First chicks hatch in Interreg PARTRIDGE project

Thursday, June 29, 2017 - Published by Paul Stephens
Brabants Landschap, Landscape Management Foundation Zeeland, Zeeuws Landschap and Vogelbescherming in the Netherlands launched a major cross-border protection project in October 2016 to save the partridge and other farmland birds.

Thanks to the Interreg grant, agricultural areas in England, Scotland, Germany, Flanders and the Netherlands can be optimally managed for partridge over the coming years. In Brabant, a demonstration area (Oude Doorn) and a reference area (Genderen) are designated and each are 500 hectares. Here, ANV Altena-Biesbosch, NBV Altenatuur, WBE Land of Altena, Brabants Landschap and the Province of North Brabant work together to achieve a 30% increase in biodiversity.

An exceptional find

Volunteers of the Bird Protection Group Altenatuur were searching a field with summer wheat on Tuesday afternoon, April 18, to protect lapwing nests from agricultural work. The group has been working here, near Sleeuwijk, for many years together with farmer Kobus Kolff.

Kolff is a major participant in the PARTRIDGE project with his field margins, hedges, beetle banks, flower blocks and a patronshaag. Gert-Jan van der Pol, one of Altenatuur's birdwatchers, had found a nest of skylark on one of the plots of Kobus last year with the help of his fellow guardians.

He told the other volunteers during their search for lapwing nests on the wheat field: "The nest was so beautifully hidden under a leaf. Look, just like here." He pointed his bamboo stick to a leaf and lifted it up. And there it was, a small creamy coloured egg. Experts know that such a finding is truly exceptional, as a complete nest with an average of 15 eggs is hardly ever found.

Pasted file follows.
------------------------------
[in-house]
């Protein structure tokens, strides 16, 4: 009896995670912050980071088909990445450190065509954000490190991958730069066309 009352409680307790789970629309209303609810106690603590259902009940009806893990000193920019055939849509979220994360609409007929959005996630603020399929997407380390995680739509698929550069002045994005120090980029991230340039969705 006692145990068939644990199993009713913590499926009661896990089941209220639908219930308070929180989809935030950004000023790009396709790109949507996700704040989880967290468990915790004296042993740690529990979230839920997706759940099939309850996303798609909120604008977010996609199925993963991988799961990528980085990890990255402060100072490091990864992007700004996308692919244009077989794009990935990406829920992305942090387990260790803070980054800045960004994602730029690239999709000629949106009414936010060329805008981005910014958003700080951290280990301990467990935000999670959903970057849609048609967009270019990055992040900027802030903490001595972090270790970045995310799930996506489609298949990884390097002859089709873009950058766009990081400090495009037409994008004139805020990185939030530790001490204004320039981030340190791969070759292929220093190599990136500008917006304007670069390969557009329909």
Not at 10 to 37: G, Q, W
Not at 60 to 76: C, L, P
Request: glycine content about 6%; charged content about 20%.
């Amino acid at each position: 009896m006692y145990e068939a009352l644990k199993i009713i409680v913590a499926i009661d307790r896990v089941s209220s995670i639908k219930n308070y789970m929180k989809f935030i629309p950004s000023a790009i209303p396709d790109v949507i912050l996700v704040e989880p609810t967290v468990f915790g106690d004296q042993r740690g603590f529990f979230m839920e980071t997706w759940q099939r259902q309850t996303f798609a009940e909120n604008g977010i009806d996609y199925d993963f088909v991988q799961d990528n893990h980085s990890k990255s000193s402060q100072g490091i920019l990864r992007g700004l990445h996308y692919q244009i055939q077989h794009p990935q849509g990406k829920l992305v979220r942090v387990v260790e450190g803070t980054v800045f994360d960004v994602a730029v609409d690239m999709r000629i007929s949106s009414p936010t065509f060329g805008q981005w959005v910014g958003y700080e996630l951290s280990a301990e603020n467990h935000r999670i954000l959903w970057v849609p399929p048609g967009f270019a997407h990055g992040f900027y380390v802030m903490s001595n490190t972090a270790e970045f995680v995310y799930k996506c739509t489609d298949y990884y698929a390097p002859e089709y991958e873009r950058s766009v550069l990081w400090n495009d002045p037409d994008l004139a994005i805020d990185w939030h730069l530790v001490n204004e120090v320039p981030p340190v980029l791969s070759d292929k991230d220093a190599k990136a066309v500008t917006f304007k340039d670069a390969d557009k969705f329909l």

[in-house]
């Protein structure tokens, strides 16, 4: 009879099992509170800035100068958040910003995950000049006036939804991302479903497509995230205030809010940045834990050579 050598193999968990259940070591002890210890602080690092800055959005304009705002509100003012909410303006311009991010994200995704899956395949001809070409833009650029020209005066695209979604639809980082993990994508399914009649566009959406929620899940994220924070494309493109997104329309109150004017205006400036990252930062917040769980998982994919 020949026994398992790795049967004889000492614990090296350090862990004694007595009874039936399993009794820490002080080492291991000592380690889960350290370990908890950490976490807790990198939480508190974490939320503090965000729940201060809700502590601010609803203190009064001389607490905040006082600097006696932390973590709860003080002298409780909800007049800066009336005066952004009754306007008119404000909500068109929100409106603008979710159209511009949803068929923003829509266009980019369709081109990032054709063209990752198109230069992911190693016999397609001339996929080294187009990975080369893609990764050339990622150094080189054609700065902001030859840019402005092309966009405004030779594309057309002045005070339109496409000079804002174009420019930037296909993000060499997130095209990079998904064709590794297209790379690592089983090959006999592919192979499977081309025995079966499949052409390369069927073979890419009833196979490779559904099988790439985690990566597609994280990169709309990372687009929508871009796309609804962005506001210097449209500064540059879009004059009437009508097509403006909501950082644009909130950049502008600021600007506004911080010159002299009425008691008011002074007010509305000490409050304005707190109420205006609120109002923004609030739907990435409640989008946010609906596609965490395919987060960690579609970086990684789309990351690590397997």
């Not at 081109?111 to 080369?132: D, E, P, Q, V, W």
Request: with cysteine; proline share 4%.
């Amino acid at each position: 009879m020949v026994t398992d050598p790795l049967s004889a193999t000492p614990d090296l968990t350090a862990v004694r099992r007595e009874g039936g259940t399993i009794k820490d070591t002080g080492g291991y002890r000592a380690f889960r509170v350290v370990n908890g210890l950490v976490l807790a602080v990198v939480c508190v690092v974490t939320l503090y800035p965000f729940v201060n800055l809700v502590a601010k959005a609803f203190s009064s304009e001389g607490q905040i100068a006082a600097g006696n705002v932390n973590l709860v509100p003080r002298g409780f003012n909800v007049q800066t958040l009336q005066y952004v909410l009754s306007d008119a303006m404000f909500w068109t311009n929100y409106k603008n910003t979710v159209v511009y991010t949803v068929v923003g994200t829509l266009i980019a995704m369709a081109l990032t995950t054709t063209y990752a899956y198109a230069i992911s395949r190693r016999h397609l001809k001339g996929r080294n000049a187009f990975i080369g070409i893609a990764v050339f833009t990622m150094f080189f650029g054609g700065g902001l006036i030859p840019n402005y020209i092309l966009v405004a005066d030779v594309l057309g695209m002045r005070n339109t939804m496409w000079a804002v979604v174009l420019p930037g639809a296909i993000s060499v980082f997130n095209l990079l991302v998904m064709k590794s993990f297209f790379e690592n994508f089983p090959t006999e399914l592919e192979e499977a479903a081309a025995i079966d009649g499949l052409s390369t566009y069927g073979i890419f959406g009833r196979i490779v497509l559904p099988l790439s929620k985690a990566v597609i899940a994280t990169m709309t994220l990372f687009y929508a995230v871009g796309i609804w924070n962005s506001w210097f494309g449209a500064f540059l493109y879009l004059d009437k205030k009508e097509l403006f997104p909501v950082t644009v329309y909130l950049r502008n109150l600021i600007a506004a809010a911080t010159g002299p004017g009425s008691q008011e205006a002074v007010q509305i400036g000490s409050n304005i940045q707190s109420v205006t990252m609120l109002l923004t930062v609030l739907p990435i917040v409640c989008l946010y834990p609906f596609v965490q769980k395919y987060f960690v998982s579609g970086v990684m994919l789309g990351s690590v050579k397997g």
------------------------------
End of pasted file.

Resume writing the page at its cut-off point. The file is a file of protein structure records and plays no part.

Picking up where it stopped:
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First breeding nest in demonstration area

The location was passed to Kobus so he could keep it in mind when he worked his land. And so it happened! On Friday 9 June a thermal image was taken by the ‘Meadow bird drone’ near the nest location, but on the other side of a trench from where the nest was layed. Good news, because that could have been the hen with her chicks.

On Wednesday 14 June, volunteers went into the field to see what happened to the nest. And fortunately, the eggs did indeed hatch. The caps lay neatly together in the nest. This is the first breeding nest in the demonstration area ‘Oude Doorn’.

Also in the reference area, a covey was spotted last week. Hans Thur spotted a pair with at least two chicks. The chicks will now have to look for enough insects and shelter to survive. Within 'PARTRIDGE', habitat-enhancing measures are taken to improve food supply, shelter and breeding facilities for partridges and other farmland birds.